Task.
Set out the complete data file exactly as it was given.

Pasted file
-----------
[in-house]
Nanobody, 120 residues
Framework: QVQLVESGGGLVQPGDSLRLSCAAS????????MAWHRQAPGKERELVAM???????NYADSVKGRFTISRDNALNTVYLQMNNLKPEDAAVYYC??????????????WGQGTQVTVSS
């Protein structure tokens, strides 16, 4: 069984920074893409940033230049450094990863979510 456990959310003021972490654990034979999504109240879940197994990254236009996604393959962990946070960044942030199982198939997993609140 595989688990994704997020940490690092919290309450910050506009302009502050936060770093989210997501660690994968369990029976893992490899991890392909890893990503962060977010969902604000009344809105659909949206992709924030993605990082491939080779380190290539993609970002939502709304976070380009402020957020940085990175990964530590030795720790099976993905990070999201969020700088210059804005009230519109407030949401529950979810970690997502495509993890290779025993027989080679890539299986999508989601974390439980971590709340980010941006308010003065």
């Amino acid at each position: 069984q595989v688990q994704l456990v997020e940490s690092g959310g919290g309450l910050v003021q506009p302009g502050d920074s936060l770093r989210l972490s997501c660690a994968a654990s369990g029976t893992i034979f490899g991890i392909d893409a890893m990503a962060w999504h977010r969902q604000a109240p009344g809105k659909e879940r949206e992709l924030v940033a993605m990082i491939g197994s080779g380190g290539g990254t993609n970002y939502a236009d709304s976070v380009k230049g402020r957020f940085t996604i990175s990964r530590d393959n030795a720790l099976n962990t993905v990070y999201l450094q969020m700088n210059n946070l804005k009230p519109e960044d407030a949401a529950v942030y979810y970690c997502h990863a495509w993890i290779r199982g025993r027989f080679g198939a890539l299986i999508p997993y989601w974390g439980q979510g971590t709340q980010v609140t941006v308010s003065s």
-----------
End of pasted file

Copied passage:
[in-house]
Nanobody, 120 residues
Framework: QVQLVESGGGLVQPGDSLRLSCAAS????????MAWHRQAPGKERELVAM???????NYADSVKGRFTISRDNALNTVYLQMNNLKPEDAAVYYC??????????????WGQGTQVTVSS
């Protein structure tokens, strides 16, 4: 069984920074893409940033230049450094990863979510 456990959310003021972490654990034979999504109240879940197994990254236009996604393959962990946070960044942030199982198939997993609140 595989688990994704997020940490690092919290309450910050506009302009502050936060770093989210997501660690994968369990029976893992490899991890392909890893990503962060977010969902604000009344809105659909949206992709924030993605990082491939080779380190290539993609970002939502709304976070380009402020957020940085990175990964530590030795720790099976993905990070999201969020700088210059804005009230519109407030949401529950979810970690997502495509993890290779025993027989080679890539299986999508989601974390439980971590709340980010941006308010003065």
């Amino acid at each position: 069984q595989v688990q994704l456990v997020e940490s690092g959310g919290g309450l910050v003021q506009p302009g502050d920074s936060l770093r989210l972490s997501c660690a994968a654990s369990g029976t893992i034979f490899g991890i392909d893409a890893m990503a962060w999504h977010r969902q604000a109240p009344g809105k659909e879940r949206e992709l924030v940033a993605m990082i491939g197994s080779g380190g290539g990254t993609n970002y939502a236009d709304s976070v380009k230049g402020r957020f940085t996604i990175s990964r530590d393959n030795a720790l099976n962990t993905v990070y999201l450094q969020m700088n210059n946070l804005k009230p519109e960044d407030a949401a529950v942030y979810y970690c997502h990863a495509w993890i290779r199982g025993r027989f080679g198939a890539l299986i999508p997993y989601w974390g439980q979510g971590t709340q980010v609140t941006v308010s003065s």